Skeptics, of which there are many, hold that the notions "urgent, driving groove" and "Dire Straits" are mutually exclusive. But how wrong they are, and it only takes a little volume on the hi-fi for this to become obvious. Where it wants to, Making Movies rocks very, very hard: Even Knopfler's rhythm guitar is positively bruising and the lead guitar fills snarl and jag over pacey, tightly miked accompaniment from the rhythm section.
But what converts a terrific rock 'n' roll record into an outstanding one is, of all things, the vocals. Yes, vocals. It is true that Mark Knopfler can't sing for toffee, but nor can JJ Cale, Neil Young or Bob Dylan, and it is the same sort of spirit as these three that he conjures, albeit set to a more agressive tempo. This is the hoarse, choked record of a wounded and bruised young man, and it repays constant replaying in a way not many rock'n'roll records can. Should your woman go west, drive round the town with this on in your car and everything will come into perspective. Six months later, you'll still not be tired of it.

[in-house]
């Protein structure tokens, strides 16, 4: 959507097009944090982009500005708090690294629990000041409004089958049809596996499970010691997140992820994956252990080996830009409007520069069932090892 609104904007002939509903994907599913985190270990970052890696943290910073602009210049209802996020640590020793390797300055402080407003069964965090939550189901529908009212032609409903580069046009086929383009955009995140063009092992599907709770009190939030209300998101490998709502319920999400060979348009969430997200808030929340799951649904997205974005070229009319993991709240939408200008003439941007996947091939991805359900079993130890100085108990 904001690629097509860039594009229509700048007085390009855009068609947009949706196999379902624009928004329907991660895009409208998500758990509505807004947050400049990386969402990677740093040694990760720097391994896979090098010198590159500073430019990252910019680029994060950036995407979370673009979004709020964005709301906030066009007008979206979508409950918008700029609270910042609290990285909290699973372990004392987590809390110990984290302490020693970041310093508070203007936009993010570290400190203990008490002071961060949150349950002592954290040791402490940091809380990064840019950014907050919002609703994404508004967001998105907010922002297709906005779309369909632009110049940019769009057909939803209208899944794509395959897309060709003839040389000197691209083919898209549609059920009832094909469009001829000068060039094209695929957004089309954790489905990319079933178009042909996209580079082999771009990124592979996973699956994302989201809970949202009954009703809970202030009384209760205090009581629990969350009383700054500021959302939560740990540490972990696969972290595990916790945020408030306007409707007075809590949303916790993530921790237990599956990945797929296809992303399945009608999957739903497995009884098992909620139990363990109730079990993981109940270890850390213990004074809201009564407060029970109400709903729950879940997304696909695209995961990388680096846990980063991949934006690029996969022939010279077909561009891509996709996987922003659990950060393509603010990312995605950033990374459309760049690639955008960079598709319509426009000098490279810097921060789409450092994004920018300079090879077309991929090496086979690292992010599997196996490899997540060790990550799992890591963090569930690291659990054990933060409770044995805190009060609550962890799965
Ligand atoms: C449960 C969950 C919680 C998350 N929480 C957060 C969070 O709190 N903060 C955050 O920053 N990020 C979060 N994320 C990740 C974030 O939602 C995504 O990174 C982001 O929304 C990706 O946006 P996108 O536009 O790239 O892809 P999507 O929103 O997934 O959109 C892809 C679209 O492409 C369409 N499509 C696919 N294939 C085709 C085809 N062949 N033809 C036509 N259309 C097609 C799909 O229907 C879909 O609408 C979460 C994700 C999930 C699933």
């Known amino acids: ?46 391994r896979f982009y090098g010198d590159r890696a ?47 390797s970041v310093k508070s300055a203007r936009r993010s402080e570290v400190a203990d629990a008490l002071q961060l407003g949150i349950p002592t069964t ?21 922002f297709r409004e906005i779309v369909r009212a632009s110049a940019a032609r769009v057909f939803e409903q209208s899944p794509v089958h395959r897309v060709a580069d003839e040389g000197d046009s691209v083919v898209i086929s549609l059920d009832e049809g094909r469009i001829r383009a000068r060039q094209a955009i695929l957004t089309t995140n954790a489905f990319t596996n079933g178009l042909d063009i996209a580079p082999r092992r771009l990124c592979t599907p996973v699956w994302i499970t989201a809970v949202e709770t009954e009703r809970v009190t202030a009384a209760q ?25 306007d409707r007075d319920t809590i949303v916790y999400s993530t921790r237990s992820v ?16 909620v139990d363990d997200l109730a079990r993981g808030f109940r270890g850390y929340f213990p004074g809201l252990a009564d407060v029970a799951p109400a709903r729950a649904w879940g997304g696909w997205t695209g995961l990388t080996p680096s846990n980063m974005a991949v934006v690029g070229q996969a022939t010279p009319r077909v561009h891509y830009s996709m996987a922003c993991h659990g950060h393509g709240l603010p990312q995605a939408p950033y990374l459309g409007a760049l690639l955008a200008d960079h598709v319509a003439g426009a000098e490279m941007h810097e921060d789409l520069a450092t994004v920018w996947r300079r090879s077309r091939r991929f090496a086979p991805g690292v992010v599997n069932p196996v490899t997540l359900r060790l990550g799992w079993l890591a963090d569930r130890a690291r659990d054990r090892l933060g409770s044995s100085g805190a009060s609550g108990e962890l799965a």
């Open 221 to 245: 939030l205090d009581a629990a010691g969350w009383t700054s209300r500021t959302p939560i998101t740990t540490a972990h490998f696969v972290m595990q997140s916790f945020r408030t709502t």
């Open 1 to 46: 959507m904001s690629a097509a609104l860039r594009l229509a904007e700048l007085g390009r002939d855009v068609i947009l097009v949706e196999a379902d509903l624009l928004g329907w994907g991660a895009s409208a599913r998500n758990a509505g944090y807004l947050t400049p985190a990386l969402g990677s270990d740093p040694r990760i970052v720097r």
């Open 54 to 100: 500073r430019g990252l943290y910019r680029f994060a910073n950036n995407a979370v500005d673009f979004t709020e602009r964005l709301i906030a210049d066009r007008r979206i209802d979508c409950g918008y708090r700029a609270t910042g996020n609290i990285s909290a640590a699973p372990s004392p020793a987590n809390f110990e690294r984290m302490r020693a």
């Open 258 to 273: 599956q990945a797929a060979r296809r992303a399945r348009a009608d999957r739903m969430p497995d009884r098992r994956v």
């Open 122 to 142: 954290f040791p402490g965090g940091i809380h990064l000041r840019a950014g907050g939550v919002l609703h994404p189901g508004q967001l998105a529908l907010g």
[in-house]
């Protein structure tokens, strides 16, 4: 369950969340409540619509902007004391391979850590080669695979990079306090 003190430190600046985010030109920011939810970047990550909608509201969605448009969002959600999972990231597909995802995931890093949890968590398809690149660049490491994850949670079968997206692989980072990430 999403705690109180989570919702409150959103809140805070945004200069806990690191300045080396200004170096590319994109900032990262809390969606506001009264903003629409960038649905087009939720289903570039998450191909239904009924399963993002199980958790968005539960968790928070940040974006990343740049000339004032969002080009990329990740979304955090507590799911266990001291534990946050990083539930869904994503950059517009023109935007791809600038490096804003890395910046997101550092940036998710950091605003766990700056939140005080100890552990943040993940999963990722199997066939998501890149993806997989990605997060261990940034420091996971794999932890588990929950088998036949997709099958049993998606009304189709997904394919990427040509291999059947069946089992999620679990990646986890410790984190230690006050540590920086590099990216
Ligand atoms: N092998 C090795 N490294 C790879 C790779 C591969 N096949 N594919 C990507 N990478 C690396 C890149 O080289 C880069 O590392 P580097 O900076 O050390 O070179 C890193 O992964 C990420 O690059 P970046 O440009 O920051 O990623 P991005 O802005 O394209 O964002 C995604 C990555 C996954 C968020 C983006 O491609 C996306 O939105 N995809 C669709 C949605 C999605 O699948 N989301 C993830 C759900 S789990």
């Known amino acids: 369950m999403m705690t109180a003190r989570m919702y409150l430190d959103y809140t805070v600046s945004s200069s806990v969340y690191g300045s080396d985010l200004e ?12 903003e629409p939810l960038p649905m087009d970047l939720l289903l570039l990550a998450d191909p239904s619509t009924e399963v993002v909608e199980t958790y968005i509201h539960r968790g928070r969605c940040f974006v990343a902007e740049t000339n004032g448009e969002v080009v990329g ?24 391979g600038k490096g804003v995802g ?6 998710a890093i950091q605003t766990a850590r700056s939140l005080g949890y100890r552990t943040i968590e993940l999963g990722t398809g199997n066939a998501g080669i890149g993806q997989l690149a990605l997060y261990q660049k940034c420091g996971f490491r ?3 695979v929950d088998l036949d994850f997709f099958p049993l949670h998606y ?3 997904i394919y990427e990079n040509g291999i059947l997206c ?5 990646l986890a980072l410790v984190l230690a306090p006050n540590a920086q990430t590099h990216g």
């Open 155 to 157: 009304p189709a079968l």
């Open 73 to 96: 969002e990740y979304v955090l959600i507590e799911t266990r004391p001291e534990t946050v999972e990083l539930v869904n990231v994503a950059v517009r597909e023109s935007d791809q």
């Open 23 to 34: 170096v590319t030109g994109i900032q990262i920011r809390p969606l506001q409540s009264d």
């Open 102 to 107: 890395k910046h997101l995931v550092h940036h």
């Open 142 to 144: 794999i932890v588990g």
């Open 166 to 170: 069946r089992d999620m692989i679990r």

It isn't relentless rock 'n' roll; perhaps the greatest contemporary piece of National guitar playing features on Romeo & Juliet (and check out the hi fi moment when the piano, acoustics, bass come in after the intro - nnnnnnice!), and it isn't half a bad song either.
A couple of minor flaws: firstly the songs are a trifle overlong; this malady of Knopfler's was destined to get worse before it got better, but here it is not enough to deprive this terrific record of the fifth star it deserves; and secondly Les Boys, while an amusing pastiche, is at odds with the rest of the record. But it's an upbeat way to end the record, so why not?
Dire Straits never sounded this good again.
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